At the recommendation of two dozen teachers and other staff who reviewed the draft K-6 curriculum, Pembina Hills trustees unanimously voted at their April 28 meeting to not participate in any pilot of the curriculum during the 2021-2022 school year.
Trustees also passed a motion to have board chair Jennifer Tuininga and senior administration draft a letter to local MLAs, the Education Minister and Premier Jason Kenney communicating the board’s decision against piloting the curriculum.
The Alberta government had first released the draft K-6 curriculum on March 29, 2021. The province’s intention was to have school authorities test the draft curriculum in September before implementing it provincewide in the 2022-2023 school year.
While a number of other school boards have publicly declined to participate in the pilot, Pembina Hills’ administration held off on making a recommendation to the board so that they could enlist local teachers to submit feedback on the curriculum.
Assistant Supt. of Education Services Mark Thiesen said they asked principals to nominate teachers who had taught at their current grade level for several years. A total of 22 teachers and two Education Services Co-ordinators were ultimately involved in putting together a detailed analysis of the draft curriculum, which can be found at the Pembina Hills website.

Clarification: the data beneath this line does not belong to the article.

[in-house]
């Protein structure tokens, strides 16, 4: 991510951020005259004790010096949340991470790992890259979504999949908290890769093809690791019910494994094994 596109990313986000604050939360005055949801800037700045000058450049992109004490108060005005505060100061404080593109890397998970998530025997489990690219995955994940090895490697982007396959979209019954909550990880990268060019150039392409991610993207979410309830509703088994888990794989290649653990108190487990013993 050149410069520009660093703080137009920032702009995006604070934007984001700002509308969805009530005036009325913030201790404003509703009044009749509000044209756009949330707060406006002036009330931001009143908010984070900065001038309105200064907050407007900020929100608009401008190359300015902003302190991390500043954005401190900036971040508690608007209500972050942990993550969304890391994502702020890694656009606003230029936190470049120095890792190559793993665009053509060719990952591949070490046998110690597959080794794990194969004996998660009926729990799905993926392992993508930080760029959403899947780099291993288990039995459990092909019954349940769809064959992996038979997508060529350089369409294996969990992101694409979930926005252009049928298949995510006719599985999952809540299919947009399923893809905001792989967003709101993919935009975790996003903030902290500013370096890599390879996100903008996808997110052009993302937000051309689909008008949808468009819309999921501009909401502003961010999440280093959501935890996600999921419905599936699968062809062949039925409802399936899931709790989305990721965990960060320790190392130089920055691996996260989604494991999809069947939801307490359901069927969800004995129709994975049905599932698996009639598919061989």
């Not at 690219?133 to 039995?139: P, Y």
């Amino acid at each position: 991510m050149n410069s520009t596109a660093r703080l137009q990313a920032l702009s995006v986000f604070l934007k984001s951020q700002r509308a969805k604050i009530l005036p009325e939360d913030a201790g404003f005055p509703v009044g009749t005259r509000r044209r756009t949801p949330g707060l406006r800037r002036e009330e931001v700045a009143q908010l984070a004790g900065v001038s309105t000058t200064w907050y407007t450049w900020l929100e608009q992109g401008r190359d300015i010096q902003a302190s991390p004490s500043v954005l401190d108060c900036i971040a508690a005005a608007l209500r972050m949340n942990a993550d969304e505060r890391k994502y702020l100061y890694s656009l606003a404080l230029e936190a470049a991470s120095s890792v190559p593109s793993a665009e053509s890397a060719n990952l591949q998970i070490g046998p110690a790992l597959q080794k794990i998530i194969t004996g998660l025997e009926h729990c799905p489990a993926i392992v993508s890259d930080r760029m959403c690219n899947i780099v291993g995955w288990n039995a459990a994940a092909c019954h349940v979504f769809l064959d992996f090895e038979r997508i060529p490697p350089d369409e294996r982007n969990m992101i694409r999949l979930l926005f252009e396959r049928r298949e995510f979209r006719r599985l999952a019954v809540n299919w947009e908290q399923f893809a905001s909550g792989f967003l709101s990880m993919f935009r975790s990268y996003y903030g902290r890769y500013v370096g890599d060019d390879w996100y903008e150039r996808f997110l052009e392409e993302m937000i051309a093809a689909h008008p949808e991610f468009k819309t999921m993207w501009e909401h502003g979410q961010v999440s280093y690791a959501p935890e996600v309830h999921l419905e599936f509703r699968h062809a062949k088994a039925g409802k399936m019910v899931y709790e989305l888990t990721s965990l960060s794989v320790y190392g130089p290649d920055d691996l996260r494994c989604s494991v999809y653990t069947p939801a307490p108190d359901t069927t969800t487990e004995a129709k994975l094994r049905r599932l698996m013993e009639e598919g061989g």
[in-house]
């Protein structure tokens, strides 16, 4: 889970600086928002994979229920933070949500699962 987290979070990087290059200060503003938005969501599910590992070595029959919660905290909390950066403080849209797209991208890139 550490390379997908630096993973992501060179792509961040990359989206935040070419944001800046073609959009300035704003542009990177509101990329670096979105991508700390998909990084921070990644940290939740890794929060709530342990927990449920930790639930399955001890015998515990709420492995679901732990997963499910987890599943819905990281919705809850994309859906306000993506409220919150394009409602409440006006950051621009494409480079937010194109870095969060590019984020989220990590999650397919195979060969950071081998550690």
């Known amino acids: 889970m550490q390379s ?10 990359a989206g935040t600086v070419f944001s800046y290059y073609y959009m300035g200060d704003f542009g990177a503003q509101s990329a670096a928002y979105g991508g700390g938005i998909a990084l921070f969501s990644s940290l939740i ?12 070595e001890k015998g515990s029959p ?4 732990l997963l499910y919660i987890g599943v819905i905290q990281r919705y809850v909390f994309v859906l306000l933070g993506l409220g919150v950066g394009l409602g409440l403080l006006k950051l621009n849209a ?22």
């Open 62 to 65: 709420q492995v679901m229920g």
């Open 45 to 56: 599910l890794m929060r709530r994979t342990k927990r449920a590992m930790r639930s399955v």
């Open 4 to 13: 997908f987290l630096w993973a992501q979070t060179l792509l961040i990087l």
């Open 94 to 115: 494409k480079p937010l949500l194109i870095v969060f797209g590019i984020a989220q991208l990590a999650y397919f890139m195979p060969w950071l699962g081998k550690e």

Notably, all 24 educators who participated in the review recommended against piloting the draft curriculum “in any way, shape or form,” said Thiesen.
'Not good for our kids’
Multiple reasons were cited, the first being that piloting the draft curriculum would take away time and energy that should be spent on the priorities of the 2021-2022 Education Plan.
Pembina Hills trustees had in fact approved the priorities of the Education Plan at their April 14 meeting. More detail is given in the actual Education Plan document, but in general terms, the three priorities are Student/Staff Relationships, Literacy and Numeracy, and Support for Staff.